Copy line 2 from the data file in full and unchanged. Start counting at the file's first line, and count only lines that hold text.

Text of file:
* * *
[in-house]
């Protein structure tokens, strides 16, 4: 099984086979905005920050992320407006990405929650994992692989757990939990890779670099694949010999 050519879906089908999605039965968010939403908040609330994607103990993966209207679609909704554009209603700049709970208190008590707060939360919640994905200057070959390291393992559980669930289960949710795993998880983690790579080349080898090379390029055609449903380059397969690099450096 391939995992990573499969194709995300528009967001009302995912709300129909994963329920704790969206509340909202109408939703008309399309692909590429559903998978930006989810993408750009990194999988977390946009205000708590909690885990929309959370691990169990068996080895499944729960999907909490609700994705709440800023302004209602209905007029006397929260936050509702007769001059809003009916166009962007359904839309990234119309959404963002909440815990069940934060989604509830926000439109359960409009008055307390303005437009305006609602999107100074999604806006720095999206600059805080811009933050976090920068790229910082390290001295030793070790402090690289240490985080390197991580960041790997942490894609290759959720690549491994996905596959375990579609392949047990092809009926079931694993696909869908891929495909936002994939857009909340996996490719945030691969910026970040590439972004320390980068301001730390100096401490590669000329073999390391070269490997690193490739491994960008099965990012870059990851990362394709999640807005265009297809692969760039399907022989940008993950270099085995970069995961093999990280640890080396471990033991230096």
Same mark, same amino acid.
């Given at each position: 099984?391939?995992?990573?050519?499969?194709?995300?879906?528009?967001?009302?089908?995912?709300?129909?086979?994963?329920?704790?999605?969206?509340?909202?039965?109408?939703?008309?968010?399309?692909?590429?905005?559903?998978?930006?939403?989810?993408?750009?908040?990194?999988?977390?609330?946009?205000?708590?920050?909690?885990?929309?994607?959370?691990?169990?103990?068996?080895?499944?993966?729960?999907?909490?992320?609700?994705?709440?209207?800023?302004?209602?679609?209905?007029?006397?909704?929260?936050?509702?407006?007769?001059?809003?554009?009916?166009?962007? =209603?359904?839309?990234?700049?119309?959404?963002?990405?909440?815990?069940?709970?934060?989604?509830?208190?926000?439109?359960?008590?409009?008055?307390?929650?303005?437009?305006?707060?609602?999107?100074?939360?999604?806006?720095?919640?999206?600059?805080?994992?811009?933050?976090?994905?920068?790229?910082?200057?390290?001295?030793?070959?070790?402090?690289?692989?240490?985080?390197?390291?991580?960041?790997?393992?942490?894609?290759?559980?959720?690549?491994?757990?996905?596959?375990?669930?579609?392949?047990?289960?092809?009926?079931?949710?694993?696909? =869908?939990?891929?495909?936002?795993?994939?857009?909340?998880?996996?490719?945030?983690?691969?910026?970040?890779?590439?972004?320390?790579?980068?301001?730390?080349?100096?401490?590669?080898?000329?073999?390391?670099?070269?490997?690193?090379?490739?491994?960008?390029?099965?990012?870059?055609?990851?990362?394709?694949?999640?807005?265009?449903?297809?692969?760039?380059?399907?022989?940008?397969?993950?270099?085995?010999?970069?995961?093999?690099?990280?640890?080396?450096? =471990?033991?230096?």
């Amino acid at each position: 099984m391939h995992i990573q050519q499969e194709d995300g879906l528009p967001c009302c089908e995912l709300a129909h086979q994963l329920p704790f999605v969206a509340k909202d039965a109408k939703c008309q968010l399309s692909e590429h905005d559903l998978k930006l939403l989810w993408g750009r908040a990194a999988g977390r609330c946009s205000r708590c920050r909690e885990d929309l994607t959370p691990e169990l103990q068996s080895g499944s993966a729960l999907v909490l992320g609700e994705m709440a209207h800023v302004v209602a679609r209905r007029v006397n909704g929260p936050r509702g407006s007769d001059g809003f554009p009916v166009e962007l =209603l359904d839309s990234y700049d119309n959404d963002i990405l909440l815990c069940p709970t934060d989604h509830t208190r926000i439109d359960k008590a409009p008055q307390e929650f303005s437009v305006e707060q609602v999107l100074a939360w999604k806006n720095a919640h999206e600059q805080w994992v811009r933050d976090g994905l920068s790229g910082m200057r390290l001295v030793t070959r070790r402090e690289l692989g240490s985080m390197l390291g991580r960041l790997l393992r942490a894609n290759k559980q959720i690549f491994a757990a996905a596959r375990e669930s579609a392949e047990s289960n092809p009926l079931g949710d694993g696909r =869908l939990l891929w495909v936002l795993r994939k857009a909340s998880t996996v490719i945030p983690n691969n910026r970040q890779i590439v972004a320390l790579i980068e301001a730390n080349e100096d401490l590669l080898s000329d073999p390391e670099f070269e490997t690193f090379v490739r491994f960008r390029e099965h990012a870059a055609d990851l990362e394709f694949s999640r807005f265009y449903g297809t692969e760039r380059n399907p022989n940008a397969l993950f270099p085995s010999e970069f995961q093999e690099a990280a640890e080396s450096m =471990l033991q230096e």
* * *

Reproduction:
């Protein structure tokens, strides 16, 4: 099984086979905005920050992320407006990405929650994992692989757990939990890779670099694949010999 050519879906089908999605039965968010939403908040609330994607103990993966209207679609909704554009209603700049709970208190008590707060939360919640994905200057070959390291393992559980669930289960949710795993998880983690790579080349080898090379390029055609449903380059397969690099450096 391939995992990573499969194709995300528009967001009302995912709300129909994963329920704790969206509340909202109408939703008309399309692909590429559903998978930006989810993408750009990194999988977390946009205000708590909690885990929309959370691990169990068996080895499944729960999907909490609700994705709440800023302004209602209905007029006397929260936050509702007769001059809003009916166009962007359904839309990234119309959404963002909440815990069940934060989604509830926000439109359960409009008055307390303005437009305006609602999107100074999604806006720095999206600059805080811009933050976090920068790229910082390290001295030793070790402090690289240490985080390197991580960041790997942490894609290759959720690549491994996905596959375990579609392949047990092809009926079931694993696909869908891929495909936002994939857009909340996996490719945030691969910026970040590439972004320390980068301001730390100096401490590669000329073999390391070269490997690193490739491994960008099965990012870059990851990362394709999640807005265009297809692969760039399907022989940008993950270099085995970069995961093999990280640890080396471990033991230096």